On my last full day I finally made it to the Isles of Scilly. The ferry may be slow (and only gives you four and a bit hours on the island for a day trip) but it's cheap and cheerful and a great way to not only see the south side of Penwith from the sea but also to have a perfect view of all of the coastline of St.Mary's (because it has a one way system meaning you enter one way and exit out the other).

Samson — Images

15.11.03ce
<b>Samson</b>Posted by pure joy

Giant's Castle — Images

16.11.03ce
<b>Giant's Castle</b>Posted by pure joy


The Buzza Hill Entrance Graves are not as well known as the 'show graves' but it's well worth the short climb and gives you the best views back over Hugh Town. The Menhir at Harry's Walls is not too far away, but was a rather 'cold' place for me.

Buzza Hill — Fieldnotes

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Buzza Hill Entrance Graves - St.Mary's, Isles of Scilly - 3rd October 2003

Buzza Hill can be reached via a footpath up from the east end of Porthcressa Beach, or from just off Church Road (either a footpath from the Power Station, or via the Hospital Lane).

It's well worth the short climb. Not only does the hill give you the best views back over Hugh Town but also it contains one existing entrance grave, one that was probably an entrance grave before a windmill was built on it in 1834 (and which is now 'King Edward's Tower' and lots of stones that might be some sort of chamber (between the two above ones).

Compared to all the 'show graves' of the islands the entrance grave is not great (only one capstone in place), but the position is fantastic and it is a very enigmatic place. The Cornish Antiquarian William Borlase excavated two chambered cairns on the hill in the mid-18th century. He found neither pottery or human bones.

The kerbed ring around the tower is excellent in places and I guess it would have a been a classic entrance grave in it's original form.

Buzza Hill — Images

30.10.03ce
<b>Buzza Hill</b>Posted by pure joy<b>Buzza Hill</b>Posted by pure joy<b>Buzza Hill</b>Posted by pure joy<b>Buzza Hill</b>Posted by pure joy

Harry's Walls — Fieldnotes

07.10.03ce
Harry's Walls Menhir - St.Mary's, Isles of Scilly - 3rd October 2003

Given that just by getting to St.Mary's, and presumably having a map, you have show a lot of initiative and commitment, I won't try to describe the minutiae of getting to sites on the island (but might just make a few comments). Most major sites are signposted, but I was disappointed (in general) at the poor signposting of paths, especially given that I have read others say that Scilly sites are well signposted, and the general fact that tourism is the main economy of the islands.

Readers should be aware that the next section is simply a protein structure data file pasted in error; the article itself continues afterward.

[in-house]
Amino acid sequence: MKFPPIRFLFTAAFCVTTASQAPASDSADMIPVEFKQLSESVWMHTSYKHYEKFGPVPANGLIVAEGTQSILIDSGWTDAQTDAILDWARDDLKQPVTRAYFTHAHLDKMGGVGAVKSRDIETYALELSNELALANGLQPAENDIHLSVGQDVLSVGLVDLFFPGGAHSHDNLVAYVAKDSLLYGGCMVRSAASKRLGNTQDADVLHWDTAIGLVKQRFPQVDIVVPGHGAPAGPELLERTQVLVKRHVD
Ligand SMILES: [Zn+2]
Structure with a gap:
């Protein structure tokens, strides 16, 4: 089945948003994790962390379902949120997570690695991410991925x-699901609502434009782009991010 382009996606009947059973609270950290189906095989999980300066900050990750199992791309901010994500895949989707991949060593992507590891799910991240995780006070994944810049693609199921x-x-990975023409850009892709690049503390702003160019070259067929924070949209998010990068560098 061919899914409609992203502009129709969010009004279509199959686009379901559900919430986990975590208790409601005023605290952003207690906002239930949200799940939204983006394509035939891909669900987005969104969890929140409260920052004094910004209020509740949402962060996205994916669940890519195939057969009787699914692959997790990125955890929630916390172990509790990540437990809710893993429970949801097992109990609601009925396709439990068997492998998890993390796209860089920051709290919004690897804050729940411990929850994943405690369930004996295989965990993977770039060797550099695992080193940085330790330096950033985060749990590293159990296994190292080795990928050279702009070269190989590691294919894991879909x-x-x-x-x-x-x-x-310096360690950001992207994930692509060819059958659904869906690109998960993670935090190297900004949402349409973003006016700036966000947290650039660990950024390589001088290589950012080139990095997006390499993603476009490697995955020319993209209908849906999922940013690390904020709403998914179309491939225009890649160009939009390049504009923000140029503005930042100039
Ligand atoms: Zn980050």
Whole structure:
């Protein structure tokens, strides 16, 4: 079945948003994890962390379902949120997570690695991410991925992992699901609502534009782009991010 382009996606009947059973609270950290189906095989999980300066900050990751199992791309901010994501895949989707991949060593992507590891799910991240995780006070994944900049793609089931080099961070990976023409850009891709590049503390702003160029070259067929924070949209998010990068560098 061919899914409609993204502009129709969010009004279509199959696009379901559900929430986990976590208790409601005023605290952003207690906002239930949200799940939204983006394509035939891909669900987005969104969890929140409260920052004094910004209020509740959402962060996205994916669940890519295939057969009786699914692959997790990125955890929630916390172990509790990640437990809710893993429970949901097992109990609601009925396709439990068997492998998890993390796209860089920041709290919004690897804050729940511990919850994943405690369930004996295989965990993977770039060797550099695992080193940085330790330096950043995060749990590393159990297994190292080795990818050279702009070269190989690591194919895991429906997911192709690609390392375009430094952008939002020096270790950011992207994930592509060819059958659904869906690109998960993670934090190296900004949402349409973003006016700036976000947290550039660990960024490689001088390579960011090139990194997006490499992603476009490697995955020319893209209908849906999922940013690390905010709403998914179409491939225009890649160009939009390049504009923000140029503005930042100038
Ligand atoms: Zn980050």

This is obviously a strange one because of its location right next to an X shaped daymark (within an unfinished Tudor fort) and it being cemented in place, but seems to be recognised as a menhir. It was first recorded by Borlase in 1756 as sitting on a mound. Stones litter the immediate area possibly suggesting a previous cairn?

Give all the above I felt the menhir was in a rather 'cold' place. Couldn't get much feeling of ancient history!

Harry's Walls — Images

16.11.03ce
<b>Harry's Walls</b>Posted by pure joy


Walking across to the other side of this stunning island brought me to the entrance graves at Innisidgen. The 'Higher' grave is a real beauty; it just screams perfection. I noticed a strange similarity to the rocky outcrop above it (as if it mimicked it), and I swear I saw someone move in the rocky outcrop whilst I took a picture of both. Spooky.

Innisidgen — Fieldnotes

07.10.03ce
Higher Innisidgen Entrance Grave - St.Mary's, Isles of Scilly - 3rd October 2003

Given that just by getting to St.Mary's, and presumably having a map, you have shown a lot of initiative and commitment, I won't try to describe the minutiae of getting to sites on the island (but might just make a few comments). Most major sites are signposted, but I was disappointed (in general) at the poor signposting of paths, especially given that I have read others say that Scilly sites are well signposted, and the general fact that tourism is the main economy of the islands.